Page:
Overall, employment in the Printing and Graphic Arts industry has fallen between 2000 and 2017, and this trend is predicted to continue to 2022. 2017 did see a slight increase in employment as compared to the preceding five years, but this rise is not expected to continue. This data refers only to those captured under the ANZSIC classification of the Printing industry, and so may not include other elements of the wider Printing and Graphic Arts industry.

Printers make up the largest proportion of this workforce, and are also predicted to have the largest reduction in employment between 2017 and 2022, with employment projected to fall by more than 16%. On the other hand, the next largest occupational group, Graphic and Web Designers, and Illustrators, is expected to undergo employment growth of more than 16% between 2017 and 2022.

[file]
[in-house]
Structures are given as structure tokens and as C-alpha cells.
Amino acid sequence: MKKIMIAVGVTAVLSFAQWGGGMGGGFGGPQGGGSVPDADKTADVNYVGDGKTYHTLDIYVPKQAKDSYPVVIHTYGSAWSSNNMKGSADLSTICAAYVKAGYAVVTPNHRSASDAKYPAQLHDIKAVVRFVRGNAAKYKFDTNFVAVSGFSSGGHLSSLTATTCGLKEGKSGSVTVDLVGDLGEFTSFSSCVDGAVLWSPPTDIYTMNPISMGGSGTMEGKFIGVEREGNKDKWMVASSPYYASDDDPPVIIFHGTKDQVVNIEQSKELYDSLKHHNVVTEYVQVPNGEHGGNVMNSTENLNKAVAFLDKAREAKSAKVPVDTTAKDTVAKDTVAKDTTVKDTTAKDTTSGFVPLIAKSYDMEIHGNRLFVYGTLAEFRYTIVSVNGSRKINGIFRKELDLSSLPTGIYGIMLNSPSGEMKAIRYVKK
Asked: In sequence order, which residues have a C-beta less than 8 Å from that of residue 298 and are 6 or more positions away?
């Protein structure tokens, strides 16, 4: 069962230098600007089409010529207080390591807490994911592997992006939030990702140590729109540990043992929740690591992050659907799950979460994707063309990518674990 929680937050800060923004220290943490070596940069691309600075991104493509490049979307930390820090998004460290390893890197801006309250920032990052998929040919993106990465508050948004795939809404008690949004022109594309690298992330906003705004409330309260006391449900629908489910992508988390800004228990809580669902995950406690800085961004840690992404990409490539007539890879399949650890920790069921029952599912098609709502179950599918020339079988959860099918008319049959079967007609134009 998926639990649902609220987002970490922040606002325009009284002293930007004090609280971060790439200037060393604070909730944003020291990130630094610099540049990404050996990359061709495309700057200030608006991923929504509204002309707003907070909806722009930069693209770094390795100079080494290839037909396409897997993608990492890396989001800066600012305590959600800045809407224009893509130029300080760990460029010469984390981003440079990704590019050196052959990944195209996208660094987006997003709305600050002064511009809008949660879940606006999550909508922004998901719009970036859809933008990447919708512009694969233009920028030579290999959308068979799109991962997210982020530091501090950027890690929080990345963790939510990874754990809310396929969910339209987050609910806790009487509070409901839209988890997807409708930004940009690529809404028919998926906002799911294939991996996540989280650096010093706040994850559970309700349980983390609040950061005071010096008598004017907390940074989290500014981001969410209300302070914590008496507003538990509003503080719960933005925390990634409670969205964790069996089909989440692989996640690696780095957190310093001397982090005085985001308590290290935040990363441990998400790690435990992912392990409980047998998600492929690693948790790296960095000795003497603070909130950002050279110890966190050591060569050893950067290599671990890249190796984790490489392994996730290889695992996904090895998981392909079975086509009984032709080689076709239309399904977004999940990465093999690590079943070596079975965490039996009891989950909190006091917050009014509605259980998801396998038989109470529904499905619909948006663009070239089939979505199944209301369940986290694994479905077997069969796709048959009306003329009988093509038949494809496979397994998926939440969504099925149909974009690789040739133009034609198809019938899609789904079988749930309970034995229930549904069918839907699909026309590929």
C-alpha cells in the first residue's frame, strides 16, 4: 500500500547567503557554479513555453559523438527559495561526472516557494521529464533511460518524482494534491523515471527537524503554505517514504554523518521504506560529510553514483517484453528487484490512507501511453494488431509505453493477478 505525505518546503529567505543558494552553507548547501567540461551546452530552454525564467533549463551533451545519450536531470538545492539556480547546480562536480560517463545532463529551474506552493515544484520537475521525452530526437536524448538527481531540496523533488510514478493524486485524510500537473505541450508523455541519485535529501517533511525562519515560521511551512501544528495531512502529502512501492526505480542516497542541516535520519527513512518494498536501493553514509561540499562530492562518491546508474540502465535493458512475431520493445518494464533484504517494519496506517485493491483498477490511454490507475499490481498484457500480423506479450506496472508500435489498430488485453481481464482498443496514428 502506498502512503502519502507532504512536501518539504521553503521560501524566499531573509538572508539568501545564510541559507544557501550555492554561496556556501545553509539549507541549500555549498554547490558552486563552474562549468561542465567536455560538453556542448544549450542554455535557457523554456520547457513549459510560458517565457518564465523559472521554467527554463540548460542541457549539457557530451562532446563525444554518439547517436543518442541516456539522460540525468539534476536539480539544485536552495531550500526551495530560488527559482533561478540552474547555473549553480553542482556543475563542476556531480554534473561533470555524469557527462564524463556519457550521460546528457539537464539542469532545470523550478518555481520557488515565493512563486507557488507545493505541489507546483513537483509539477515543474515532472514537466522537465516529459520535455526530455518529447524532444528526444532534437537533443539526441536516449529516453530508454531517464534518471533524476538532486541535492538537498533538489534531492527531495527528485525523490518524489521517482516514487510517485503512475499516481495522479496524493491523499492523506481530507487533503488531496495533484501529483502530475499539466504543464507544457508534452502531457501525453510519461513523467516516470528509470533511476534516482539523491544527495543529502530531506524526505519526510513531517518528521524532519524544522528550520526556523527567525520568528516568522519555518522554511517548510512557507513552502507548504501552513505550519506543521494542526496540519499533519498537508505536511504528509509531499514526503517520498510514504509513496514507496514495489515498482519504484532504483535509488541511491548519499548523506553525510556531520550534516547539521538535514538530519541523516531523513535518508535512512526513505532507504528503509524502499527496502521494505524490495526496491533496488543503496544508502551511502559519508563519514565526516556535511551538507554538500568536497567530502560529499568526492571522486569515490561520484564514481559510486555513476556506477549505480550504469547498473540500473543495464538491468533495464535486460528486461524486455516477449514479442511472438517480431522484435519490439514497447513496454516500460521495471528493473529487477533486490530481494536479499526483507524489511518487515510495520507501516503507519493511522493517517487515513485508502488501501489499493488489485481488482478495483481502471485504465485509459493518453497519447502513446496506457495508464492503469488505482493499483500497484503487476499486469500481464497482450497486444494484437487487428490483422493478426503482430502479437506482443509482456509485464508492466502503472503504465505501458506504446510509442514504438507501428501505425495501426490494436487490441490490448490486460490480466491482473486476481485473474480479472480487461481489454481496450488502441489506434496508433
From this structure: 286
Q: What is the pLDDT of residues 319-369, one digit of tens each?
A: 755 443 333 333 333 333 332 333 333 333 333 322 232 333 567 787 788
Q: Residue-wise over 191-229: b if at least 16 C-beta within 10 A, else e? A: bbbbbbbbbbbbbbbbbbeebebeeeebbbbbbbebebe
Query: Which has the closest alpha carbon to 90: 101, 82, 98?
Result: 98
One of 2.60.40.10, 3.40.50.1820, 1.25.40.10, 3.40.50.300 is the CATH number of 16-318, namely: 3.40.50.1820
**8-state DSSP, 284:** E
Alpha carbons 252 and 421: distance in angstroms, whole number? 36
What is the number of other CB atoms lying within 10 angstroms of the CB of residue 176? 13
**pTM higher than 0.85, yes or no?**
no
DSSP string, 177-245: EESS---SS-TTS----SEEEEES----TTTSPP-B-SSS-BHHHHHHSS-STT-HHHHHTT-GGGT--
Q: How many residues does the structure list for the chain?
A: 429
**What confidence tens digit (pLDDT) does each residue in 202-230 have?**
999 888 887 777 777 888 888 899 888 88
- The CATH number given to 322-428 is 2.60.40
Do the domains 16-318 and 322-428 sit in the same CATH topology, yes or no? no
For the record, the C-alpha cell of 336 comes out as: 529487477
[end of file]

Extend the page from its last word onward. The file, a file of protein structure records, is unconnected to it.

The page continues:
Training trends

Training snapshot

Program enrolments in the Printing and Graphic Arts Training Package have fallen substantially from just over 3,500 in 2014 to just over 2,000 in 2017. Program completions in this training package experienced a rise in 2015 as compared to the previous year, but fell below 2014 levels in 2016. Subject-only enrolments in this training package are very low, with only 23 subject-only enrolments in 2016.

The majority of program enrolments in the Printing and Graphic Arts Training Package in 2016 were at the certificate III level. There were over 1,600 enrolments at this level, as compared with 300 enrolments in the next highest qualification level, certificate II.